Note: The Rules & Guidelines for the Yes Quest can be found here.
The next time you're on a bus from Santiago, Chile to Mendoza, Argentina, be forewarned that the bus driver will put on a poorly dubbed Jennifer Garner movie about finding Jesus and blast it all over the bus, because there's nothing like Jennifer Garner's whiny church Spanish to serenade you as your double decker bus crawls through the stunning Andes mountains. Of course, you'll be lucky to make it this far and will be grateful for the giant Chilean family that seems to be using the bus as their personal moving service, because thanks to their bags of comforters, electric kettles, and cases of wine wrapped in black plastic bags, the bus left the station forty five minutes late. But gracias Jesúscristo, because if that family hadn't chosen 2pm on a Thursday to follow in their ancestors footsteps and make a pilgrimage back through the Andes, you would have missed the bus because your travel buddy got an ear infection and asked to take the early bus back from Valparaiso to Santiago so he could go to the ER and get it checked out.
You swear, you agree to get up at 6am not because the Yes Quest says you have to, but because you're not an asshole. Okay, maybe it's 90/10 not an asshole to Yes Quest. Or maybe 50/50. Empathy is fuzzy before dawn.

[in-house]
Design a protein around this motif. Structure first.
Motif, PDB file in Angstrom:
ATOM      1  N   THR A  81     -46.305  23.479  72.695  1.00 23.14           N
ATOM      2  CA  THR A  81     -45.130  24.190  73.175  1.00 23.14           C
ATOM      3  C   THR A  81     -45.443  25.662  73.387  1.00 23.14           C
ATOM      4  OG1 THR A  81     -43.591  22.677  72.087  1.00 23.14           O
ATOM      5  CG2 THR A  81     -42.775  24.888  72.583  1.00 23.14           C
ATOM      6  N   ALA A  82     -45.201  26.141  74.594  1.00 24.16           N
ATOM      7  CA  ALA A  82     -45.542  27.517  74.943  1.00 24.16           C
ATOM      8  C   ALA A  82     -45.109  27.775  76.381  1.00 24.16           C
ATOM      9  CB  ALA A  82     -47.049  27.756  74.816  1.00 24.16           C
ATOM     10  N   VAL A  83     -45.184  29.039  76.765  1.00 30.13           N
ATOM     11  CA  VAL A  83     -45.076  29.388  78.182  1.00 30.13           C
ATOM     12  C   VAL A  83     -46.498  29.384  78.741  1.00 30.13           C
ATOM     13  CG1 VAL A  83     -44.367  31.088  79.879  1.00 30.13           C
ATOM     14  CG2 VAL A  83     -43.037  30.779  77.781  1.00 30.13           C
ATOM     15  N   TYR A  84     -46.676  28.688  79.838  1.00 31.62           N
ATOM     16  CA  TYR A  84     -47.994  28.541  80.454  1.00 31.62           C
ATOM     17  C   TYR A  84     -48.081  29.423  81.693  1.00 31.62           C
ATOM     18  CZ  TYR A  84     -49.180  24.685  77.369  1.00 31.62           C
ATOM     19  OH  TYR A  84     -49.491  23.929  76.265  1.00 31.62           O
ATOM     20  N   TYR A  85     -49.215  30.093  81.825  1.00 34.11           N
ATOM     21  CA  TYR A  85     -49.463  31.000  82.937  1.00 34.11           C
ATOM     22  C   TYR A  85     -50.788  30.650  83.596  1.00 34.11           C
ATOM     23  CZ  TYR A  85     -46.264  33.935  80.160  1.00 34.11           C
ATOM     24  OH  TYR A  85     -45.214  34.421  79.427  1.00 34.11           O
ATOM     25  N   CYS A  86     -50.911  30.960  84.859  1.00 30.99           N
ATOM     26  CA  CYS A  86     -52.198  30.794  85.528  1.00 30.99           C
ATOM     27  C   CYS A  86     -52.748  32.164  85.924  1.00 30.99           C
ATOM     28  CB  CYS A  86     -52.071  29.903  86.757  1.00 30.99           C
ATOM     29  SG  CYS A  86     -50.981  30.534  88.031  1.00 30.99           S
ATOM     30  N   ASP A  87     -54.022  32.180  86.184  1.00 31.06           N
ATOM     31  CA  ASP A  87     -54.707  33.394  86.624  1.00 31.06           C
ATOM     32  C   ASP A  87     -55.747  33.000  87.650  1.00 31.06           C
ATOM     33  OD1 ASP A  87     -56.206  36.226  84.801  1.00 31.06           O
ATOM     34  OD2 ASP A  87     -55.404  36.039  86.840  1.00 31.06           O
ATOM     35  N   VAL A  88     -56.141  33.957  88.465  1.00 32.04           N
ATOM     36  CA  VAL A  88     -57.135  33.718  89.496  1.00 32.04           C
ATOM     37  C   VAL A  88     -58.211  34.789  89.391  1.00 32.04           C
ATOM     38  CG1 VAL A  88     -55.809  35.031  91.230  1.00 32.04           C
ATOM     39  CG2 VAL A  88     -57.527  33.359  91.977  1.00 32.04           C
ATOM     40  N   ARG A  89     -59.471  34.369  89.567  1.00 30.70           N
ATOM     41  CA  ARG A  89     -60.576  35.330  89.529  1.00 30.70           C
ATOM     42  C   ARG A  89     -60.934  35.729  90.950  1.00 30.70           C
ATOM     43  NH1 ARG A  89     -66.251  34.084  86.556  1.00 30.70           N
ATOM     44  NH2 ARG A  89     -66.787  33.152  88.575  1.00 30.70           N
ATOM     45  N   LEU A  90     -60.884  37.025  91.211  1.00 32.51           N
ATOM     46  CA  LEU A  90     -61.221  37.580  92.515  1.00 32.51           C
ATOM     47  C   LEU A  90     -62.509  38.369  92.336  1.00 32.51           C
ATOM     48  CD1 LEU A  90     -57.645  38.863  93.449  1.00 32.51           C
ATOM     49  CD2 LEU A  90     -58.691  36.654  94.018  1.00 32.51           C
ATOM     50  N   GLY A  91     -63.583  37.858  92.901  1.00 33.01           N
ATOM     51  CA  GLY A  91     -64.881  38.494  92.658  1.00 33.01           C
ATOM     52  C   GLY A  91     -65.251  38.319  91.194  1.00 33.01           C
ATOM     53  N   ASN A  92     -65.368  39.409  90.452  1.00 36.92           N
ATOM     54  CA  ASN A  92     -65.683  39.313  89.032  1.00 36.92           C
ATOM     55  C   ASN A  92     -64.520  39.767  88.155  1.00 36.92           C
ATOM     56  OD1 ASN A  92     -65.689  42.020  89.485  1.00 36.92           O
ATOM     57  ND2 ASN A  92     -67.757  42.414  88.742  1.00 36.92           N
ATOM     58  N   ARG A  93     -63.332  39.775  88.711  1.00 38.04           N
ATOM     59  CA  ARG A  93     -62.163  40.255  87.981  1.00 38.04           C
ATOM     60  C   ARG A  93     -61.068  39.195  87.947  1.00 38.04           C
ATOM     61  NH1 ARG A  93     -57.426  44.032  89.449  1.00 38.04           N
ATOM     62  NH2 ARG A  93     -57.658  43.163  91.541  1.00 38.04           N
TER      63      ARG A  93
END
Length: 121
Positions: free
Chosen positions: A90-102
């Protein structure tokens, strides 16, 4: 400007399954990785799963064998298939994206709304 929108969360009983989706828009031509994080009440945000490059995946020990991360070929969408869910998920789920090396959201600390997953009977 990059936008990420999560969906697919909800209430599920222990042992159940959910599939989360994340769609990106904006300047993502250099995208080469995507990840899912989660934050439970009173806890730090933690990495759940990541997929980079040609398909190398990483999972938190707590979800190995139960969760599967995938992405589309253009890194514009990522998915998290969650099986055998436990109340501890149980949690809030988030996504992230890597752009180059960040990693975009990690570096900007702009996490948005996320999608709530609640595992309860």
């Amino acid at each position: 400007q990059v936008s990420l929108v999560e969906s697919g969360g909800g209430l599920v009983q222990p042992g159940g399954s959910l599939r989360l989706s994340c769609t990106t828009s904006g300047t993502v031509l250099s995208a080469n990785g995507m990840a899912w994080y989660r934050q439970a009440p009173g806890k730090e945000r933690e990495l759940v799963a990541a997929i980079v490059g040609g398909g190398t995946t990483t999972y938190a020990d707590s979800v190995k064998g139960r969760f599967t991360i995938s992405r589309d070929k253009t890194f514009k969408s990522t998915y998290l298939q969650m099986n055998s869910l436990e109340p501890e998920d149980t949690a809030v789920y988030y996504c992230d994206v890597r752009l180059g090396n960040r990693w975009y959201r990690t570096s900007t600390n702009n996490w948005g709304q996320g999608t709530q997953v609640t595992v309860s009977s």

Por supesto, the ear infection couldn't have been that bad, because somehow you magically leave Valparaiso at 8:45am instead of the intended 6:45am, which gives your travel buddy all of two and a half hours to find the emergency room, see a doctor, get prescriptions, and do it all in the most poorly prounounced but well intentioned Spanglish you've ever heard.
Necessito una doctor par mi ear es mucho infectado y...y...creo que necessito ayudo rapido. Por vavor y gracias.
But apparently the hospital is on point, and they prescribe three medicines for your red eared travel buddy, and so everything seems like it's going to plan except for the fact that the hospital doesn't actually have carry any of the medicine it recommends, and apparently three pharmacies around the hospital don't either. But there's no more time to scour Santiago for a particular sort of ear drop, so your travel buddy grabs and Uber and then the Uber proceeds to immediately disregard any of the up to date, real time, Waze directions and instead drive 10 minutes out of town, all while you're standing on the street corner with all your stuff, and your friend's stuff, so you may as well be holding up a giant sign that says, "MUG ME."
While you're contemplating what you'd save in the event of such mugging (the bus sandwiches, obviously) and what you'd use to fend off the imaginary muggers (travel buddy's longboard and a well timed bitch face) you hear Travel Buddy sprinting around the corner, because Uber driver took another wrong turn down a one way street. You basically throw random bags at him and sprint back toward the car, where the Uber driver is casually bopping his head to his own playlist, in no hurry at all.
You slide into the back of the car, pull out your bus tickets, and realized you filled out the ticket info wrong and declared that you and Travel Buddy are actually from Canada. Even though you haven't checked the news in weeks, you assume that Trump has done something new to piss everyone off and that pretending you're from Canada isn't the worst. You'll figure it out later. That's what bribes are for.